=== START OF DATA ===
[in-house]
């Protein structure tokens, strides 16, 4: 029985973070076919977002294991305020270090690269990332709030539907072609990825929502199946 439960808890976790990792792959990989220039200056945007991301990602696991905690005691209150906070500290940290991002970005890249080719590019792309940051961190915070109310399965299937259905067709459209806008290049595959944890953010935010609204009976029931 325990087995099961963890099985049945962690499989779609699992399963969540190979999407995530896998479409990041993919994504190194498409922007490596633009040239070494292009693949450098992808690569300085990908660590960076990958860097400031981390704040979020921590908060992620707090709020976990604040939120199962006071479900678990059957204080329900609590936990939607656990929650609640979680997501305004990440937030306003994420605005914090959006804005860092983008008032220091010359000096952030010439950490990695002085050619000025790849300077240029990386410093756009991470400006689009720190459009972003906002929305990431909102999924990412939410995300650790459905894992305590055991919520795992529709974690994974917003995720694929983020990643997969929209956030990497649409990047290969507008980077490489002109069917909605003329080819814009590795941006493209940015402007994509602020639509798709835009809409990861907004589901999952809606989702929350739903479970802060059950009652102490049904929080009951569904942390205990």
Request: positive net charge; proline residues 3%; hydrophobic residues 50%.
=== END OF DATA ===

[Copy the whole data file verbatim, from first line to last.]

[in-house]
């Protein structure tokens, strides 16, 4: 029985973070076919977002294991305020270090690269990332709030539907072609990825929502199946 439960808890976790990792792959990989220039200056945007991301990602696991905690005691209150906070500290940290991002970005890249080719590019792309940051961190915070109310399965299937259905067709459209806008290049595959944890953010935010609204009976029931 325990087995099961963890099985049945962690499989779609699992399963969540190979999407995530896998479409990041993919994504190194498409922007490596633009040239070494292009693949450098992808690569300085990908660590960076990958860097400031981390704040979020921590908060992620707090709020976990604040939120199962006071479900678990059957204080329900609590936990939607656990929650609640979680997501305004990440937030306003994420605005914090959006804005860092983008008032220091010359000096952030010439950490990695002085050619000025790849300077240029990386410093756009991470400006689009720190459009972003906002929305990431909102999924990412939410995300650790459905894992305590055991919520795992529709974690994974917003995720694929983020990643997969929209956030990497649409990047290969507008980077490489002109069917909605003329080819814009590795941006493209940015402007994509602020639509798709835009809409990861907004589901999952809606989702929350739903479970802060059950009652102490049904929080009951569904942390205990």
Request: positive net charge; proline residues 3%; hydrophobic residues 50%.